Following in the Footprints of Cochabamba

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Several weeks have passed since the World Peoples’ Conference on Climate Change and the Rights of Mother Earth, convened by Bolivian President Evo Morales. But in these times of fast-moving and disposable news, we should make an effort to ensure that the crucial significance of this meeting is not simply tossed on the junk news heap.

While it was underway, the biggest media coverage given to the conference focused on the indigenous president’s remarks about female hormones in chickens, comments which were misinterpreted or perhaps poorly expressed.

But beyond the brief coverage attracted by these controversial remarks, there was very little serious media analysis of what was in fact a major international event, attended by more than 30,000 participants. Representatives of campesino and indigenous communities, urban social organizations, environmentalists, government officials, intellectuals and activists gathered in Cochabamba – which gained renown ten years ago as the main battleground of the “water war” against privatisation of this essential natural resource – and collectively built a platform for analysis of climate change.

Climate change, the threat that looms over the entire planet while most of us are distracted by other things. Climate change, an issue that the world’s governments have been talking about for almost 20 years – through the United Nations process of the Framework Convention on Climate Change – while moving ever further from finding real solutions to the problem, concentrating instead on the consequences of this global disaster and looking for ways to cope with and adapt to the effects. And making the problem worse.

In an era when corporations are spreading to every corner of the planet appropriating every possible resource in their search for profits (land, water, oil, minerals, plants, genes, etc.), even the climate has become a business. False solutions have been invented, “market-based” solutions like “compensation”: those who emit huge amounts of greenhouse gases, which cause climate change, pay for others in the South to not produce emissions, and thus supposedly “compensate” for their own emissions, instead of reducing them.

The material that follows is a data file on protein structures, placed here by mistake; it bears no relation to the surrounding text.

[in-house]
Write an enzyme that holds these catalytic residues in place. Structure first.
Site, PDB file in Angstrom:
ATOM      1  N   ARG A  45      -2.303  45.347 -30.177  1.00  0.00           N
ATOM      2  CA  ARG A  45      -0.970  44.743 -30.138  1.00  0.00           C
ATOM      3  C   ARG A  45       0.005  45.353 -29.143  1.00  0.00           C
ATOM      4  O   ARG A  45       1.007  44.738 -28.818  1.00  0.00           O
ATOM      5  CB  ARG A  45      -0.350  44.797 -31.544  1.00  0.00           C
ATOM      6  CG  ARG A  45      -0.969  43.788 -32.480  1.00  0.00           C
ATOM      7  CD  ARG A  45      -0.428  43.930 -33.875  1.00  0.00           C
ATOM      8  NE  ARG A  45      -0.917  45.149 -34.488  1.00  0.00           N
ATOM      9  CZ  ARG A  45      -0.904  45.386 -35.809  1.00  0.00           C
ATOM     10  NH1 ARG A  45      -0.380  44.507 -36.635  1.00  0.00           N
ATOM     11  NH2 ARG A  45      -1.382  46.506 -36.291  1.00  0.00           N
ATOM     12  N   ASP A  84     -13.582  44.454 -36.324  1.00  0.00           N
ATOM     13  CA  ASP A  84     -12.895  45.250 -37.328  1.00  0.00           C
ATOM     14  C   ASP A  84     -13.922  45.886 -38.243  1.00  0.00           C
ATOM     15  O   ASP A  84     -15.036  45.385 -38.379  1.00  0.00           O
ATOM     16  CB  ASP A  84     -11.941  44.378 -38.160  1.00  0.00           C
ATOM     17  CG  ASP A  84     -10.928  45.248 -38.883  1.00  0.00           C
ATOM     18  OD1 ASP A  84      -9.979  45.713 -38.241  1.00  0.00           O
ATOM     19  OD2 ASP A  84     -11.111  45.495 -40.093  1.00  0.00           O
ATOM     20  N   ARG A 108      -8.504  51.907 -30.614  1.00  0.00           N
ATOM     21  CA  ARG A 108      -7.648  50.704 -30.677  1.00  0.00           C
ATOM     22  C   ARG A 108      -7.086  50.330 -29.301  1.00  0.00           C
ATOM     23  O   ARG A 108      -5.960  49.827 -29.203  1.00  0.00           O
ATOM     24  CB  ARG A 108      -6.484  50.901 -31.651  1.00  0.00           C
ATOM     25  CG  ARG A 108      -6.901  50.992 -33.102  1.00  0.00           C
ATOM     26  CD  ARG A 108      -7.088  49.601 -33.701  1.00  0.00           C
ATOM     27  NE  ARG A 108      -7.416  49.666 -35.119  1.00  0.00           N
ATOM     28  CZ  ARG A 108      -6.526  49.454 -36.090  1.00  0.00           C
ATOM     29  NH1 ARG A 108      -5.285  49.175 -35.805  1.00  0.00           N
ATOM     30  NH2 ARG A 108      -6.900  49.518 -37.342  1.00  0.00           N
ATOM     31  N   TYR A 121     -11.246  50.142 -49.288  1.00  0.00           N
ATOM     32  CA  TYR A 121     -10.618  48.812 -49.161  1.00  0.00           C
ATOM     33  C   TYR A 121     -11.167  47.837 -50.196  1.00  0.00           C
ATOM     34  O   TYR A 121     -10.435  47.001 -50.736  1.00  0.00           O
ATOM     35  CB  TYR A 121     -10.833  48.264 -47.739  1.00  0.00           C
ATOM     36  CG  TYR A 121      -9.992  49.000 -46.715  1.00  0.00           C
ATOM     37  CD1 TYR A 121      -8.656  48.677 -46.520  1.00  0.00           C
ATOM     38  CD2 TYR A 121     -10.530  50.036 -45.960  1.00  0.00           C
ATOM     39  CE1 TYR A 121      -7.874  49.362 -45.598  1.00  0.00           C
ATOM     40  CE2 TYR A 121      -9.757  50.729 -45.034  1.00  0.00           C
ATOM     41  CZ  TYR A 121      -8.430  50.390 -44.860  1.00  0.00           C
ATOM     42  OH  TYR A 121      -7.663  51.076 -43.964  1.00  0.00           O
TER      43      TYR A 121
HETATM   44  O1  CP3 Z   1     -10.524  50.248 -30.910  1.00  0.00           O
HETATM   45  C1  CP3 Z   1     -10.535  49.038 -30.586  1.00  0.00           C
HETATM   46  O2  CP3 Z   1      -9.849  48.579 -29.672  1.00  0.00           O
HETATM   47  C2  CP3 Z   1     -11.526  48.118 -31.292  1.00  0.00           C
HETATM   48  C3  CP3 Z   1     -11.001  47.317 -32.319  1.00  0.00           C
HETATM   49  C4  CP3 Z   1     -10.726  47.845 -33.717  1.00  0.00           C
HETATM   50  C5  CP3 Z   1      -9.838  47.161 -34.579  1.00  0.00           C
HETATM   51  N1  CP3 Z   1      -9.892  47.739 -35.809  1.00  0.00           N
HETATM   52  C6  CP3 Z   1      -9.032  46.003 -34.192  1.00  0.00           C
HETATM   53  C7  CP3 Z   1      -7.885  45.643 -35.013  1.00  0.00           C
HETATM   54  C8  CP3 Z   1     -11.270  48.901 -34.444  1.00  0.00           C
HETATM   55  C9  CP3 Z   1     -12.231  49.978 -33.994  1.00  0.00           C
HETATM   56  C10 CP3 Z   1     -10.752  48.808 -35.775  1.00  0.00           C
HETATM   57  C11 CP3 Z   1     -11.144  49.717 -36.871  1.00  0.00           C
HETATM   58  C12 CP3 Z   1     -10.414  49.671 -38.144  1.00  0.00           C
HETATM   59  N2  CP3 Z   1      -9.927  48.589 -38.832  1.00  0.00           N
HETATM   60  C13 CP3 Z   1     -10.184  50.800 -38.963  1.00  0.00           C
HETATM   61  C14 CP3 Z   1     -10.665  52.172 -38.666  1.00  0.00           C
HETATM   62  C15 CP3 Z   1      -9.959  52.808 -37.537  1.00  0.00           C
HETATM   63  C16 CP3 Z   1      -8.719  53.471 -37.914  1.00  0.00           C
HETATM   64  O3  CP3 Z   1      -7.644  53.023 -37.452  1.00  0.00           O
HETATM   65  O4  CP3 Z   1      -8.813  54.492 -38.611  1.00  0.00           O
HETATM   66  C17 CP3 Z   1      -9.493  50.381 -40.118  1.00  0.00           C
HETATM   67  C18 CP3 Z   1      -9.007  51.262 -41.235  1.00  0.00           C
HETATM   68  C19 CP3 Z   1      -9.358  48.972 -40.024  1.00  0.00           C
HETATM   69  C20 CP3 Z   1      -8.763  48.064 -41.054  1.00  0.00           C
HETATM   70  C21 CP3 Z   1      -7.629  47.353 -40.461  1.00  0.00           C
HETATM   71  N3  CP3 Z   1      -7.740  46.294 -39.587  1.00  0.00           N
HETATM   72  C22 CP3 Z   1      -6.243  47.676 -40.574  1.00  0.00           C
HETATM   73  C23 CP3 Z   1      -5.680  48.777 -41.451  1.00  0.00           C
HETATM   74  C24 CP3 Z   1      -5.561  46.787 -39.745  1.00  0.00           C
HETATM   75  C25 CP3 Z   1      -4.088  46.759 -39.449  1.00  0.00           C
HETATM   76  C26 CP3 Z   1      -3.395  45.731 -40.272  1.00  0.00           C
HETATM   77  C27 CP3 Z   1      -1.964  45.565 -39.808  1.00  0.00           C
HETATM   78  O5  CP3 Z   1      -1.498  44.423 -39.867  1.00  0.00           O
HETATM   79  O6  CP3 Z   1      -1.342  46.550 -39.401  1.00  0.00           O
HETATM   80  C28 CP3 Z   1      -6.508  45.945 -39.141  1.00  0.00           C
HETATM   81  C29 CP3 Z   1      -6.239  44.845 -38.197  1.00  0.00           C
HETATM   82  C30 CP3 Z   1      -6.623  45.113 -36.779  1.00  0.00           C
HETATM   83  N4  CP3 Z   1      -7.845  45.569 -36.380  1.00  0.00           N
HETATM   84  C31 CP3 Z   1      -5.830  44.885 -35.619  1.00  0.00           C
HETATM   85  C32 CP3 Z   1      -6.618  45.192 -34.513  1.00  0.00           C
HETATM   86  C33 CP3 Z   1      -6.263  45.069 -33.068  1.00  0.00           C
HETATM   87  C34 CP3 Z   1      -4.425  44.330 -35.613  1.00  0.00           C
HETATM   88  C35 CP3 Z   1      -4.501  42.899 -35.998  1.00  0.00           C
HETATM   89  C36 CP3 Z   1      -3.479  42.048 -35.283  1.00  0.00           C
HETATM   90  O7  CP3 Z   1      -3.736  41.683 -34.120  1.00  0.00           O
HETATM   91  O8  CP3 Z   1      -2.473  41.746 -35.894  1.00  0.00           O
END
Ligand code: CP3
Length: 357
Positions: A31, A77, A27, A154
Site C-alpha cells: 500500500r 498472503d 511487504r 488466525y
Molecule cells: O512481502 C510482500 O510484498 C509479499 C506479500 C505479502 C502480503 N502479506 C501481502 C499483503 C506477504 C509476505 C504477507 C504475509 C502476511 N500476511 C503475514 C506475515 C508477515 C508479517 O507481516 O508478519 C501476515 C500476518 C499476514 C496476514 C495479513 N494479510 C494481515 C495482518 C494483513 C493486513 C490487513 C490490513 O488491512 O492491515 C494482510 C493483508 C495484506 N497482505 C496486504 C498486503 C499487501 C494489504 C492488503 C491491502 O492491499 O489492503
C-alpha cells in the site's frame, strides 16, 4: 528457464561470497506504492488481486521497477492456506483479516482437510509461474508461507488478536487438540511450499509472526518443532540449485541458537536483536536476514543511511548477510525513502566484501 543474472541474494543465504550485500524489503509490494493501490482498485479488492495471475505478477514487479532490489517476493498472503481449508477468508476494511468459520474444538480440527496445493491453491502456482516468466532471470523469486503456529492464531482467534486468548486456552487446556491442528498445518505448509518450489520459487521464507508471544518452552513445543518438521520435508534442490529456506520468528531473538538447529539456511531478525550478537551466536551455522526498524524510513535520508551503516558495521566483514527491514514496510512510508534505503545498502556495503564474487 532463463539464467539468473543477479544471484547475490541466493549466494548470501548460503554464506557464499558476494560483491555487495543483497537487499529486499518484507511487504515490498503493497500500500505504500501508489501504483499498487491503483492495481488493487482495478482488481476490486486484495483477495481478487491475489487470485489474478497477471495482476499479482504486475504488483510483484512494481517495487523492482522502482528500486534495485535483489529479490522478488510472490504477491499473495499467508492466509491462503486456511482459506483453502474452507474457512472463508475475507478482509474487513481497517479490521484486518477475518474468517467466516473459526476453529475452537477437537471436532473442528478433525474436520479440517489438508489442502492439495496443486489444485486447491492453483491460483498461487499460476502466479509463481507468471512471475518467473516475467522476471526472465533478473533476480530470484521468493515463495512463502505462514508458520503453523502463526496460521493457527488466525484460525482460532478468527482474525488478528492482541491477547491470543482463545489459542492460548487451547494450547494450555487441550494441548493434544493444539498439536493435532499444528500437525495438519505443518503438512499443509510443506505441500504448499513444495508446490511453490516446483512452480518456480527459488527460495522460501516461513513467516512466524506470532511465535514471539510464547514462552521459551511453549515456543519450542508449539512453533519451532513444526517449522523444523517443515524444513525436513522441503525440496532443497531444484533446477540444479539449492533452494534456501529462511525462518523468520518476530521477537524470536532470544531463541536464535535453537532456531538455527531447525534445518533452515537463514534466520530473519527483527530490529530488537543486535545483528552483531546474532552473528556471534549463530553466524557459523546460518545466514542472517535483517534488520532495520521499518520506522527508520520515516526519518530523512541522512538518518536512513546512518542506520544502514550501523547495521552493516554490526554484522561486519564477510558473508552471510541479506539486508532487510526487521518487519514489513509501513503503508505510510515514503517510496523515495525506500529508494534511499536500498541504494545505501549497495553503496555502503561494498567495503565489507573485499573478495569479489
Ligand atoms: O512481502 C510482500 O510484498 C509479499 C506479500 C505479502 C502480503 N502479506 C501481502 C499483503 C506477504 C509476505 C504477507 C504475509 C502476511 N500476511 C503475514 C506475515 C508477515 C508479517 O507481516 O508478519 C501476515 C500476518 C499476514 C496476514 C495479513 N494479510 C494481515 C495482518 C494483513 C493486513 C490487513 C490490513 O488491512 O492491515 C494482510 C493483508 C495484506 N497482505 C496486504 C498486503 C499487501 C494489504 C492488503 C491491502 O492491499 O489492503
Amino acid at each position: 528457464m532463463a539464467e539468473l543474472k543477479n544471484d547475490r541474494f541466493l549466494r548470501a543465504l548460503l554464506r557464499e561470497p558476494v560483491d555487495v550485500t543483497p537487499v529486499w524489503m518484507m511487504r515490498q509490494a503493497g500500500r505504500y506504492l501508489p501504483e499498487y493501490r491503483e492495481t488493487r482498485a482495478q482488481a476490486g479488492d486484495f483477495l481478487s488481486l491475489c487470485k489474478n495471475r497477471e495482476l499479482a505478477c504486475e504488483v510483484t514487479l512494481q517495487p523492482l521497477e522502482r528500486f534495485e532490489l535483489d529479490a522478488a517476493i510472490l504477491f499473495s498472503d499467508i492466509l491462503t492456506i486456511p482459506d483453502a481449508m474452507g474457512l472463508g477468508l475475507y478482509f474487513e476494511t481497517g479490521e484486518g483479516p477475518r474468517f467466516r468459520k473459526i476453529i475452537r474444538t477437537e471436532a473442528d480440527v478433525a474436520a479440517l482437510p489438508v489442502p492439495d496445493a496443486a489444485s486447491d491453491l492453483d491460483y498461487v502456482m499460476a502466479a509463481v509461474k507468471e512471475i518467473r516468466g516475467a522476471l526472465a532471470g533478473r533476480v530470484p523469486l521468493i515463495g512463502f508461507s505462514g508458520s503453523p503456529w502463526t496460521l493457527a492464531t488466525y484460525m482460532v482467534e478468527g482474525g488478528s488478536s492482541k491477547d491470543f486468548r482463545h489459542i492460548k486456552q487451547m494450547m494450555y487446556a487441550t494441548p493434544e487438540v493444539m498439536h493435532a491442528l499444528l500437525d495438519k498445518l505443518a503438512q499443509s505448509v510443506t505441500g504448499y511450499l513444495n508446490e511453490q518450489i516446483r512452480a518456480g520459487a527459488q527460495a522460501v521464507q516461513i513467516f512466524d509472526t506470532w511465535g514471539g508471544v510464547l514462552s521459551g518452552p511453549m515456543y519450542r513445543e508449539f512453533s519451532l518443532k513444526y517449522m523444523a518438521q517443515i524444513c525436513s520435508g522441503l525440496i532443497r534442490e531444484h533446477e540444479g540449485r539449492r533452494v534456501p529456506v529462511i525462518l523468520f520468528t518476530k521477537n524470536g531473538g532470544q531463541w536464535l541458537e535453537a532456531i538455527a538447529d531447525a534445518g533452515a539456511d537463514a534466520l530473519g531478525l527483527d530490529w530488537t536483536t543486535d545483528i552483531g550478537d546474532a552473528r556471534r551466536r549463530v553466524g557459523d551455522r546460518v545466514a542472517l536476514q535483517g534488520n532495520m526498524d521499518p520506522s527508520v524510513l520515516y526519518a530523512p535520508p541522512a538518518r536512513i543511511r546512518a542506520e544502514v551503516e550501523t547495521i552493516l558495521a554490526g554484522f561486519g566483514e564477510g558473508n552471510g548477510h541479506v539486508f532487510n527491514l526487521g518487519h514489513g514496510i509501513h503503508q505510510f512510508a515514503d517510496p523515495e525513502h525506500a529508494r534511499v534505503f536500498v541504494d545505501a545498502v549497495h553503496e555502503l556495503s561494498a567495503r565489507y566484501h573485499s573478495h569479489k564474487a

A lot of money for a few companies. Even a financial carbon market! And this is how the process has continued, postponing responsibility for cutting emissions. And then came December -the deadline for the world’s countries to establish their emission reduction commitments- when the process was exposed for what it is, and it was made abundantly clear that the powerful nations are not willing to do anything. A handful of countries, historically responsible for the crisis, tried to impose a parody of an agreement that they called the “Copenhagen Accord”. No obligations, no responsibility for those who have created the emissions. No change. And the worst prospects ever: a rise in temperature of up to 4ºC which signifies disaster.

Cochabamba was the alternative. Bolivia, which was one of the few countries that said NO to this parody of an agreement, convened the World Conference of the Peoples. And the people came, to call things by their name, to give them other names than those used in official documents. And so they talked about Mother Earth and her rights, about “Living Well”, about Food Sovereignty as the people’s right to control their own seeds, land, water and food production in harmony with Mother Earth in order to have access to sufficient, varied and nutritious foods. They talked about the climate debt accrued by the so-called developed countries, about restorative justice – in other words, not merely economic compensation but also “the restitution of integrity to our Mother Earth and all its beings” – and about creating an international tribunal for trying crimes against the climate.

And the people talked about the root of the problem: the CAUSES of climate change.

The Peoples’ Agreement (1), the result of an intensive, pluralistic and diverse participatory process encompassing 17 working groups, states that the cause of climate change is the crisis of the capitalist system: “We confront the terminal crisis of a civilizing model that is patriarchal and based on the submission and destruction of human beings and nature that accelerated since the industrial revolution. The capitalist system has imposed on us a logic of competition, progress and limitless growth. This regime of production and consumption seeks profit without limits, separating human beings from nature and imposing a logic of domination upon nature, transforming everything into commodities: water, earth, the human genome, ancestral cultures, biodiversity, justice, ethics, the rights of peoples, and life itself.”